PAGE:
Instructor: TJ Hinrichs, Cornell University
Offered at Southern Connecticut State University in Fall 2005
MWF 10:10-11:00

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Survey of East Asian history from antiquity to around 1600. The primary purpose is to provide students with a basic literacy in East Asian history and cultures. Substantive emphasis on areas of experience or practice common across East Asia, such as the classical traditions and cosmology, the Chinese script, bureaucratic institutions, Buddhism, the tribute system, and the Mongol conquests. Pedagogical emphasis on constructing and substantiating historical arguments, and analysis of primary sources in translation through class discussion and short writing assignments.

Readings for purchase and on reserve:

  • Patricia Ebrey, Anne Walthall, James B. Palais. East Asia: A Cultural, Social, and Political History. Houghton-Mifflin, 2005.
  • Sourcebook (available from Tyco).

This is your course. You decide what you want to get out of it, how it ranks among your priorities this semester, and how much time and energy you can afford to put into it. If you are having trouble with some part of the course, email me or come see me. (Please use telephone communication as a last resort.) I can often help or direct you to someone who can.

All classroom behavior should be characterized by civility, attentiveness, and respect. All coursework should be performed with integrity. Examinations should structure your review, assimilation, and recall of material; essay assignments should structure your development of your own ideas and writing skills. When you refer to or quote others’ ideas, even if you arrived at similar ideas on your own, you must cite your sources. If you have questions about this, try checking the links at <http://library.southernct.edu/plagresforstu.htm> or see me. Besides undermining the learning process, plagiarism or cheating will result in an F and will be reported to the dean, possibly resulting in further penalties.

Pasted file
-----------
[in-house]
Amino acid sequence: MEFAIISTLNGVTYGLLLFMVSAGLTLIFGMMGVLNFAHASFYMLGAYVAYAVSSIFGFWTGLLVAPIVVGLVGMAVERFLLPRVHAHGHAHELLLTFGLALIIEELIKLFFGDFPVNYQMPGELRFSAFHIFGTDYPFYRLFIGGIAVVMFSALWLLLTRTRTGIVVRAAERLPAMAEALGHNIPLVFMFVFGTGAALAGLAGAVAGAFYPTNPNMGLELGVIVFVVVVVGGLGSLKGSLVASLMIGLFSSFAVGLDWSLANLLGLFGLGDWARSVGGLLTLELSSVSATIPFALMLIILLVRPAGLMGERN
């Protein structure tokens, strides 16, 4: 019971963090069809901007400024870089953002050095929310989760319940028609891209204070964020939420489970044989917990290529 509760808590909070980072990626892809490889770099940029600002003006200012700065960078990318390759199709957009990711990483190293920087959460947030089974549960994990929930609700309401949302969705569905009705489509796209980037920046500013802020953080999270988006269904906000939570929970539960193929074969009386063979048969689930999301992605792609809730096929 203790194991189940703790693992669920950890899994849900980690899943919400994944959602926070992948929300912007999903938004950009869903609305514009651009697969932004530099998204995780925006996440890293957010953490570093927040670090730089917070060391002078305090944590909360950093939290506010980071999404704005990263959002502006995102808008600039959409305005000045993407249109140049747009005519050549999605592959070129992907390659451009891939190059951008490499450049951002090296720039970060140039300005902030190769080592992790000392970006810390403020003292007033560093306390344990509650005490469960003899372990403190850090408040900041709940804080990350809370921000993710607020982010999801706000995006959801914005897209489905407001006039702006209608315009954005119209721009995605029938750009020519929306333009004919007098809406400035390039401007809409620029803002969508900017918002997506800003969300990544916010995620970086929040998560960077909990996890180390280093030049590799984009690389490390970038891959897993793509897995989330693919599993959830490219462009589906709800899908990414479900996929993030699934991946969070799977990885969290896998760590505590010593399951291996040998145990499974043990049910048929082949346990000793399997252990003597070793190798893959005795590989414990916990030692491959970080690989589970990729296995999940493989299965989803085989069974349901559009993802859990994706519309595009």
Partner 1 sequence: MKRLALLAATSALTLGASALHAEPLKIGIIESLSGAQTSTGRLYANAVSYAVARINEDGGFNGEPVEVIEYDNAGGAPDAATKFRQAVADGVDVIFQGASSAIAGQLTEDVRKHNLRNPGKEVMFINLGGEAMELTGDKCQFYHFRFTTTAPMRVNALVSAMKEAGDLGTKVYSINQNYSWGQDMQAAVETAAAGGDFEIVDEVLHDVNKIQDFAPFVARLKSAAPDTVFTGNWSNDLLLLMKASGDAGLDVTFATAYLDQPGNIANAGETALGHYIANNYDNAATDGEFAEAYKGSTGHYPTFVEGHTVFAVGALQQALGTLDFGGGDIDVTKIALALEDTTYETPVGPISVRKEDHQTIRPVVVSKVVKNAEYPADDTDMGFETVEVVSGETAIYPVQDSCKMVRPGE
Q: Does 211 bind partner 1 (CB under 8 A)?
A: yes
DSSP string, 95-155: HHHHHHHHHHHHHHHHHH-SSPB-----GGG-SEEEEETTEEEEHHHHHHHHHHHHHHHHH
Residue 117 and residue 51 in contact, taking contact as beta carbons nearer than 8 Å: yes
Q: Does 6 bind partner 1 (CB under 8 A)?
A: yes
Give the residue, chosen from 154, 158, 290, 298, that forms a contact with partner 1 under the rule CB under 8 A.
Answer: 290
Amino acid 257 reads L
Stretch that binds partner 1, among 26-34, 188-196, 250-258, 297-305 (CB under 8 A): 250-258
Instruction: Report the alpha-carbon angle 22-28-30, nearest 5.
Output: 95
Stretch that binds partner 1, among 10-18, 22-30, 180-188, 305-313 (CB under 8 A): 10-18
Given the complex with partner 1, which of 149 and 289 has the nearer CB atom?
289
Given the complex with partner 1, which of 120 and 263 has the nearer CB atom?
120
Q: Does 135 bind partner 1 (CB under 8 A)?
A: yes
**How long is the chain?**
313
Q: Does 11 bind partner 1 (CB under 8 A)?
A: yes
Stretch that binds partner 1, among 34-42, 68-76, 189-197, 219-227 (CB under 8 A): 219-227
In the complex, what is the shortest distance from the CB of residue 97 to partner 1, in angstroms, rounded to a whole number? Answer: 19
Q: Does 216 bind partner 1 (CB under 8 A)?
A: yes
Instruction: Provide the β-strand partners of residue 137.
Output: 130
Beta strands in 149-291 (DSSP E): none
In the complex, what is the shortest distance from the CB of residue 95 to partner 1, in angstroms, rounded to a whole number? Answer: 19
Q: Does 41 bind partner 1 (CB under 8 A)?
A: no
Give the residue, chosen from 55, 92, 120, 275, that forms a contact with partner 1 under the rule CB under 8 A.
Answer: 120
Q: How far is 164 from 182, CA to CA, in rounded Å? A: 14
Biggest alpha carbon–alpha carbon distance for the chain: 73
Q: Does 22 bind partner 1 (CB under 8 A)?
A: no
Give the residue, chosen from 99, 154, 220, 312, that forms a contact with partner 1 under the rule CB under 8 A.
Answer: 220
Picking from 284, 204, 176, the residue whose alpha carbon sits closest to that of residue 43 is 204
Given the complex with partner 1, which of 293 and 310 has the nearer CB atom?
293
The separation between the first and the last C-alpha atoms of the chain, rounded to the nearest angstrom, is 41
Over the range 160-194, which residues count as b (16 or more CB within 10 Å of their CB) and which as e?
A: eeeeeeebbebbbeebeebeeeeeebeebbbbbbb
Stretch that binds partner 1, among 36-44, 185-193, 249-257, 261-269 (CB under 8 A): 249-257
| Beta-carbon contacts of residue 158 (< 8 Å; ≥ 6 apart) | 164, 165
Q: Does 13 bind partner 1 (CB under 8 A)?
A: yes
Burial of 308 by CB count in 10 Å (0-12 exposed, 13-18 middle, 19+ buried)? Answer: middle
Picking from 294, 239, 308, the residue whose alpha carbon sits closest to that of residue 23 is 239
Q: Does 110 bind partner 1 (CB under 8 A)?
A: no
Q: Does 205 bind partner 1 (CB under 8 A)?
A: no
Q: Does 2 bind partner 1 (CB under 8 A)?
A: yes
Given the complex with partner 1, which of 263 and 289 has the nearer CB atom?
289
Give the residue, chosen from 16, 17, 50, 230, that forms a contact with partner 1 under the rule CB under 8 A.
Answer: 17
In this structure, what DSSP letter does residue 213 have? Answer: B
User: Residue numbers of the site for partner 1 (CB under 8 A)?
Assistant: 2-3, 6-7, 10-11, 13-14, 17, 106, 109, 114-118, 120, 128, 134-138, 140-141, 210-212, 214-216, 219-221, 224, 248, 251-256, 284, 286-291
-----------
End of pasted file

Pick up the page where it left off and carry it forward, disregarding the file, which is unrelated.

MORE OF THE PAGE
Attendance and Participation : A type of learning and creativity emerges in group discussion that you do not get in independent work. In addition, expressing yourself clearly and contributing intelligently to group discussions are highly prized skills in this culture. Some people find it difficult to think or express themselves in groups. Some people become so excited about their own ideas that they forget to really listen to and think about what other people are saying. Class discussion is an opportunity to develop group communication skills.

Weekly Preparation: Read all of the following week’s readings before class on Monday. (Obvious exception: Read the first week’s readings during that week and weekend.) It is helpful to estimate the number of pages assigned, calculate how long it will take you to read and take notes on it, how long it will take you to prepare for any tests or written assignments, and make sure you leave yourself time to do them.

Check your SCSU email account regularly. If you have trouble doing this from home, do it from a computer at school. I will be sending out essential information via email.

If you find yourself short on time, rather than beginning from the first page assigned and reading as far as you can go, read proactively. Read those sections of the textbook and other secondary readings (including introductory sections to the primary readings) that seem most pertinent to the study guide questions and key words, and give the rest a quick skim. For assignments such as response papers and the debate, prioritize the readings according to what is most important to completing the assignment.

As you read, you may come across words or ideas that you do not understand. For English-language words, make it a habit to look them up in a dictionary such as <http://www.m-w.com/home.htm> and expand your vocabulary. For concepts from East Asian cultures that we are studying for the course, if the explanations in the readings are not clear, ask in class. If you are curious and diligent, you might consider looking up encyclopedia articles on these and on events and people, for example in <http://www.britannica.com/>. Be careful with Wikipedia; it can be unreliable.